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Led Ashtanga Beginner

This group class begins with instruction on correct breathing and focus points of the Ashtanga Method, and then works to integrate proper breathing with movement. We will learn Sun Salutations and the standing postures of the Primary Series, taking time to explore the alignment and subtleties of each pose. If needed the teacher will offer modifications. We may also explore the first seated postures, time permitting, and will finish with the final three closing postures. This class is a wonderful staring place for beginners or for anyone looking to slow down and get back to basics.

Half Primary Open Level

This group class flows through the first part of the Primary Series working with the needs of the group up until around the “Half Primary,” point, introduces more Sanskrit counting and more of the finishing series postures. It is open to students of all levels with yoga experience.

Mysore Style

Mysore Style is a way of practicing the Ashtanga sequences at the pace of one’s own breath. The teacher does not lead the class but rather watches giving verbal adjustments and teaching individuals additional poses when they are ready. The student’s practice will slowly lengthen as he or she gains strength, stamina, flexibility, and concentration. Previous Ashtanga yoga experience is required for our online Mysore classes. This could be a beginner level led class, our Intro to Ashtanga course or outside experience.

Led Ashtanga Primary Series (Intermediate/Advanced Level)

This exhilarating group class moves through the entire Primary Series with the traditional vinyasas counted in Sanskrit. Traditional Sanskrit mantras open and close the practice, and the focus is on pacing and mastering the more challenging postures in a safe setting. This class is appropriate for Ashtanga practitioners or drop in students with yoga experience, it is not appropriate for beginners.*

*Students with an existing Ashtanga practice have the option to move with the group until “Half Primary” (or until their “last posture”) and then begin their finishing series, take rest and leave the class early. This allows newer students who might not be ready to attempt all of the postures to attend. If interested, please ask your teacher for more details.


Same Yin & Restorative you love without “official” yoga props. Please have throw blankets, various size towels and a couple of paperbacks handy to use as props. No need to practice on a yoga mat, find a cozy spot in your home, preferably near a wall or sofa for support in some poses. All levels welcome.

Yin & Restorative Yoga: When a joint is underused, the connective tissue loses elasticity. In yin yoga we compress connective tissue, rather than stretch them by gently holding long seated poses. Restorative yoga uses props to safely and comfortably support the body in supine yoga poses, fostering complete relaxation. Combined, these two practices allow students to let go of any holding; relieving stress and tension. Great compliment for active practices or students looking for an after spa-like feel. Students of all levels and those recovering from injuries welcome. Light chanting music is played.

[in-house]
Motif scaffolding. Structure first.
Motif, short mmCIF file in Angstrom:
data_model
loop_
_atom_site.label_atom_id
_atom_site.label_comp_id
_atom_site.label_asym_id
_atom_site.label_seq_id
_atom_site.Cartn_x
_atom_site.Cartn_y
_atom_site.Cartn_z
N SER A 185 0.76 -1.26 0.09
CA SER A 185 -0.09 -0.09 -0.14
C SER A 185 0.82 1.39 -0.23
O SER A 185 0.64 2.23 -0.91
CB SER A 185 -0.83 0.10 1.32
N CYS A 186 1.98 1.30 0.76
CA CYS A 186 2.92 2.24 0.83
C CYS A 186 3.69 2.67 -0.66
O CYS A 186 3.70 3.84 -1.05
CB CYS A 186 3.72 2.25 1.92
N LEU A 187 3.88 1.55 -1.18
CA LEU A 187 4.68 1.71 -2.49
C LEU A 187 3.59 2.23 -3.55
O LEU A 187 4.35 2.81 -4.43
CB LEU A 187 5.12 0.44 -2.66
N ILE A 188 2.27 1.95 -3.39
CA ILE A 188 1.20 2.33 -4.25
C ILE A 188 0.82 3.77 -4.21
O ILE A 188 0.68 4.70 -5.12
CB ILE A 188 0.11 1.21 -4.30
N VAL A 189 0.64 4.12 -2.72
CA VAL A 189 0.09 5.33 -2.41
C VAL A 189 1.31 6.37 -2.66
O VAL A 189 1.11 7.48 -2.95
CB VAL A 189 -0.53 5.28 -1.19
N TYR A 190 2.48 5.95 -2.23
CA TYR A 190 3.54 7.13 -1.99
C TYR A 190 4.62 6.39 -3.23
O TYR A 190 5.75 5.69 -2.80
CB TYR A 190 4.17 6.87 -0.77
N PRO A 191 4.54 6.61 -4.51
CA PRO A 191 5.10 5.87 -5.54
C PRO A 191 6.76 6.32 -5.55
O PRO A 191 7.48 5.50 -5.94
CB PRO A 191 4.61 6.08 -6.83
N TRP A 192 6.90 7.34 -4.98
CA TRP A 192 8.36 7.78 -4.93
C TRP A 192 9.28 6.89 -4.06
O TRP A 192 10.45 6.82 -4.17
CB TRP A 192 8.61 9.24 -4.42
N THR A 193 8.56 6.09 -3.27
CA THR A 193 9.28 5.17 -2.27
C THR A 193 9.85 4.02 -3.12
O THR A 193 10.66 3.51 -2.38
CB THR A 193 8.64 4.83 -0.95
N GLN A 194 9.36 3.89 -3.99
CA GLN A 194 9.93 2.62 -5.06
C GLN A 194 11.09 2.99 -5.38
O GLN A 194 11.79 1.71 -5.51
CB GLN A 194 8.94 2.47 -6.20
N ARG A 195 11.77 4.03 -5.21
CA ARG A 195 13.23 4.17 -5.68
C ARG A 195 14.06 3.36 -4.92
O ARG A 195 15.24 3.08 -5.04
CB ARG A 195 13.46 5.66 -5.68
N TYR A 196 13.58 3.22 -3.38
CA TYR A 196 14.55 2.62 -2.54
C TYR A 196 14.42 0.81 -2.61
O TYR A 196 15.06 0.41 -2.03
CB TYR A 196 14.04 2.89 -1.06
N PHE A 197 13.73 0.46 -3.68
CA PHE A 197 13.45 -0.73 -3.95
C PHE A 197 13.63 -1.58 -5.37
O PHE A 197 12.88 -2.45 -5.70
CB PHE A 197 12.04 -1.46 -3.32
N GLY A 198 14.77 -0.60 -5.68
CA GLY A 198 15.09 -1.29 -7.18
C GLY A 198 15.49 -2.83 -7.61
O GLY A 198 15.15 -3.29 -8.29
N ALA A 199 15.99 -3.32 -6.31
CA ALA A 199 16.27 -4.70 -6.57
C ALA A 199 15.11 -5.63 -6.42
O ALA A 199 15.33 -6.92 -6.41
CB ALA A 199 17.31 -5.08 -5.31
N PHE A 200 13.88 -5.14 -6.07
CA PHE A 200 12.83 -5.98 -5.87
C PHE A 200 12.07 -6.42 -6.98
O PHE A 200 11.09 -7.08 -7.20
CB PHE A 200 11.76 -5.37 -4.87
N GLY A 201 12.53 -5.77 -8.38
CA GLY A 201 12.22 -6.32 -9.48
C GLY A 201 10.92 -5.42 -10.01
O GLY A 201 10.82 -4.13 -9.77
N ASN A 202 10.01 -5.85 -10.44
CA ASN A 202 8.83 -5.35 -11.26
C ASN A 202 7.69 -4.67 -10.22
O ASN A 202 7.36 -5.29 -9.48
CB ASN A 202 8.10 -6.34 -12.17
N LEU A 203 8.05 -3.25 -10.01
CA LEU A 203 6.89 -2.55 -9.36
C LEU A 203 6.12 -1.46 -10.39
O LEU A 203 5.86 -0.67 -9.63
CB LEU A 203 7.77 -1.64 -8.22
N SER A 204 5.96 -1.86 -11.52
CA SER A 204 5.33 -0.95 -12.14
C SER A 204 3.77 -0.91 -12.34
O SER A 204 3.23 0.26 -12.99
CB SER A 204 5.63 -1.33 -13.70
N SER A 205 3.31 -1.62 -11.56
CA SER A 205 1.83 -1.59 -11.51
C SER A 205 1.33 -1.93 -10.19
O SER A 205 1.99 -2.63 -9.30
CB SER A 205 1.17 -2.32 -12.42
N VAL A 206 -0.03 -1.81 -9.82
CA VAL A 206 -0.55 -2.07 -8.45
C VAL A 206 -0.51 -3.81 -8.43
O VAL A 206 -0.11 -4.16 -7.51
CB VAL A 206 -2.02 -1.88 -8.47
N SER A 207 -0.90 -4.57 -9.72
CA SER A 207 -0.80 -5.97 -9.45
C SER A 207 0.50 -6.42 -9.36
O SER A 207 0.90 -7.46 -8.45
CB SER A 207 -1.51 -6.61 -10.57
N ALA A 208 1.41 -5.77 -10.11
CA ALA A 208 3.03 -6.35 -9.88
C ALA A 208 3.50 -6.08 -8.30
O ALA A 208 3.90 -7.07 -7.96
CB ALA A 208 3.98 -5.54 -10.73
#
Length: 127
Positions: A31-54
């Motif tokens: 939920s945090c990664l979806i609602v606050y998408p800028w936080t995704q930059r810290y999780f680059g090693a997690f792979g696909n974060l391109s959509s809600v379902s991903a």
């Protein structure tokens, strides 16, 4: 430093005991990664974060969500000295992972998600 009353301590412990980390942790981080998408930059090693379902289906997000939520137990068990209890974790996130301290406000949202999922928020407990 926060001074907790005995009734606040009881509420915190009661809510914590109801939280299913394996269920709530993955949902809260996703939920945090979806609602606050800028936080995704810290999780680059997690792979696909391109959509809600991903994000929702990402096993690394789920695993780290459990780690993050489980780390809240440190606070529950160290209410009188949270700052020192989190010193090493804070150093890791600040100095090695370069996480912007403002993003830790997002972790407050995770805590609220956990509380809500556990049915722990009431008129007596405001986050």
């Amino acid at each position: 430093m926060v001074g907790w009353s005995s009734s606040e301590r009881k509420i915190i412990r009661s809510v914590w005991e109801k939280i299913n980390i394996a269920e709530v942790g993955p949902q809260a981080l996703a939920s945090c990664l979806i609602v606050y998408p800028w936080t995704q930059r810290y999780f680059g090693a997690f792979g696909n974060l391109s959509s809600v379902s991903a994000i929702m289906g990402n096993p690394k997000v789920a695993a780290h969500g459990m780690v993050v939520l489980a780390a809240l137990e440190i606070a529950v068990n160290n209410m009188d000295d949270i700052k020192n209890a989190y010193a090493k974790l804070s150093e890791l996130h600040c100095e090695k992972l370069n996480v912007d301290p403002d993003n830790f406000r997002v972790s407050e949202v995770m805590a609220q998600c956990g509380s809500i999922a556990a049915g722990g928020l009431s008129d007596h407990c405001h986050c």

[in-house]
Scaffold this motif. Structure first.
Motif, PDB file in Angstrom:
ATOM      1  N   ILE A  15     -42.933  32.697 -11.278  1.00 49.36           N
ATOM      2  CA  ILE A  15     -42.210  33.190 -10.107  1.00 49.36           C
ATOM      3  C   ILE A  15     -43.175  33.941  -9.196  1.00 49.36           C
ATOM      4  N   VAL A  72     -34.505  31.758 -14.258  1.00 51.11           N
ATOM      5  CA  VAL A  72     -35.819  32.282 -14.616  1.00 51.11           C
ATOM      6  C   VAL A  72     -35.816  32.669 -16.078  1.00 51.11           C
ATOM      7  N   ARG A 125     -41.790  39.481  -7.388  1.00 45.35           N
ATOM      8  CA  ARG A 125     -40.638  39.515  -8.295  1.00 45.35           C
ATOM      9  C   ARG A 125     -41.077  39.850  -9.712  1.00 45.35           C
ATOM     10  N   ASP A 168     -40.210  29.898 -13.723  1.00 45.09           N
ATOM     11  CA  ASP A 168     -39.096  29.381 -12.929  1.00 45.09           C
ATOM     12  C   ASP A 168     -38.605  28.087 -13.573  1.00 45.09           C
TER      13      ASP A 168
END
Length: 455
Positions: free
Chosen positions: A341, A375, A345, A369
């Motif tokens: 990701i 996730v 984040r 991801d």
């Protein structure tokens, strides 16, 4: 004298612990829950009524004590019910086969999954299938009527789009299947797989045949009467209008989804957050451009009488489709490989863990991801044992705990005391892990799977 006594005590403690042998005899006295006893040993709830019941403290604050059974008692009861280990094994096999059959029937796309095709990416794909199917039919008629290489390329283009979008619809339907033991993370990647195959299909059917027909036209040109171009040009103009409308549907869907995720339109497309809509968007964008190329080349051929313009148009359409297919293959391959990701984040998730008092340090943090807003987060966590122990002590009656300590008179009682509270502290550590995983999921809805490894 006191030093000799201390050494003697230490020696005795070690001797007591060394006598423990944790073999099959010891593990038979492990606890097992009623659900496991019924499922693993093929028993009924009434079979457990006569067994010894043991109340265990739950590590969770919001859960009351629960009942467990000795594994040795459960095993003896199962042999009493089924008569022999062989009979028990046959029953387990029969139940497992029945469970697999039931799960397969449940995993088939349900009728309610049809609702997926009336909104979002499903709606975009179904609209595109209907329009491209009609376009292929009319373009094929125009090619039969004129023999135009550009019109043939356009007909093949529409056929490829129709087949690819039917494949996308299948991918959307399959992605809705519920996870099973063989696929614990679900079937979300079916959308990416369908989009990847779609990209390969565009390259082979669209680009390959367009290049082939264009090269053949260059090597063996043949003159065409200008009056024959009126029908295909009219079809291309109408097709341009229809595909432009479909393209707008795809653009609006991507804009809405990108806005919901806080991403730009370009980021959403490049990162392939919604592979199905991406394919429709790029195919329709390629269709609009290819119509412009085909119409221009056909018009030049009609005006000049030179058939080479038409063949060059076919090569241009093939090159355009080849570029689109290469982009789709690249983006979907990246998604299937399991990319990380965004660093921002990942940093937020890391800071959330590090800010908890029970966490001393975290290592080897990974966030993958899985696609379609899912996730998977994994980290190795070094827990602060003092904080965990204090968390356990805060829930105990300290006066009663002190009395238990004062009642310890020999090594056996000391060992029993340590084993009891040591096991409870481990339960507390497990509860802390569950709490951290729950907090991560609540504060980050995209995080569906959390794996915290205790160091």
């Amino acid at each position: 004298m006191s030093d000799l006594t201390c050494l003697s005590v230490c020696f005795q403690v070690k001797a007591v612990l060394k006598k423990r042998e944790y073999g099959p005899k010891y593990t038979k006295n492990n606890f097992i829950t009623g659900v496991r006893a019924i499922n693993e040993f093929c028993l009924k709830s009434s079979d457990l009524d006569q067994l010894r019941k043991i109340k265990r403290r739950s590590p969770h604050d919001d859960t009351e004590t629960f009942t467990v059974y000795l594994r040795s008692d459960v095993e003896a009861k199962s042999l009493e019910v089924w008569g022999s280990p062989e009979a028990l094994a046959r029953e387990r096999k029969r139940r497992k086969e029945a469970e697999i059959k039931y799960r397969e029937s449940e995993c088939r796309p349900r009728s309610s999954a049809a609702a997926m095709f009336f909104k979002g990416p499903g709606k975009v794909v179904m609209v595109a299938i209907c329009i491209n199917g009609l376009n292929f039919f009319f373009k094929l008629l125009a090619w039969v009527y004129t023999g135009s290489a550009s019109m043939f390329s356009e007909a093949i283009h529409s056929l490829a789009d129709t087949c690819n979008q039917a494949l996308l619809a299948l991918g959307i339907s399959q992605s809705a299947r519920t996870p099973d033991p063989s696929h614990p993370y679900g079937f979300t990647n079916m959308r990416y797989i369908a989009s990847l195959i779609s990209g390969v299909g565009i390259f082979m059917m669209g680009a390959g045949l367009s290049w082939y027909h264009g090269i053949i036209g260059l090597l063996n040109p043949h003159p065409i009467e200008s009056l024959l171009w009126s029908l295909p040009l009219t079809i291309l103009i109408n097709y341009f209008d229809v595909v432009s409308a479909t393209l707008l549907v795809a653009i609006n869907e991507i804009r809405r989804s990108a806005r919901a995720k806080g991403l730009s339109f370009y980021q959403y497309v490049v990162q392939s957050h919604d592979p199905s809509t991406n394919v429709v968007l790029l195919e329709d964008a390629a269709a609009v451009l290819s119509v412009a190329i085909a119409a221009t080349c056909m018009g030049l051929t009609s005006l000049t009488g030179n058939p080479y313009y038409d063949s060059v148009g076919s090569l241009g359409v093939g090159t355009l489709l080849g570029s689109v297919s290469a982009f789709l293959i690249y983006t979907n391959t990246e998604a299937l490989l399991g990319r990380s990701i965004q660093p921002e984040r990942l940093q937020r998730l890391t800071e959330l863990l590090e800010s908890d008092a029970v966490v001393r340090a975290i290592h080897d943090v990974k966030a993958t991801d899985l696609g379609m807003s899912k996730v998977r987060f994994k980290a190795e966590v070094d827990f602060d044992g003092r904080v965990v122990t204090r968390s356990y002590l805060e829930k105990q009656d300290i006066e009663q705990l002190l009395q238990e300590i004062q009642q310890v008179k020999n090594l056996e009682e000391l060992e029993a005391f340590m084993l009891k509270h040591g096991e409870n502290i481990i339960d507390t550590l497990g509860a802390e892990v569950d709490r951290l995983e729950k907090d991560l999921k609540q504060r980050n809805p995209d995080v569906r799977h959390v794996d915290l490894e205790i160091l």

Gentle Yoga

Our live-steam gentle yoga is for students of all ages, abilities and yoga experience. The class will be taught slowly with time for transitions and suggestions for modifications. A balanced practice focusing on proper alignment and breathing. Great for relieving stress, learning the basics, and building strength and flexibility. Practice on a hard surface, thin rug or yoga mat. Use a block or hardcover book for modifications and have a small towel or blanket to pad the knees if necessary.


These evenings provide an easy introduction into Buddhist meditation practices. No previous meditation practice required. All are welcome. Chairs will be provided for those who can’t sit on the floor.

In this mediation course we will focus on the meditation method of Ānāpānasati meaning “mindfulness of breathing” (“sati” means mindfulness; “ānāpāna” refers to inhalation and exhalation). This central method can be described as the core of Buddhist meditation and was originally taught by the Buddha in several sutras including the Ānāpānasati Sutta and found his way to all different schools of Buddhism like Tibetan, Zen or Theravada as well as western-based mindfulness programs like MBSR (Mindfulness Based StressReduction) by Jon Kabat-Zin.

Anapanasati means to feel the sensations caused by the movements of the breath in the body. According to this meaning this course is designed to learn and to experience how to still the mind through establishing a constant awareness of these sensations, how to deal with distraction like thoughts and emotions during the meditation and how to apply the benefits of it into your daily life.

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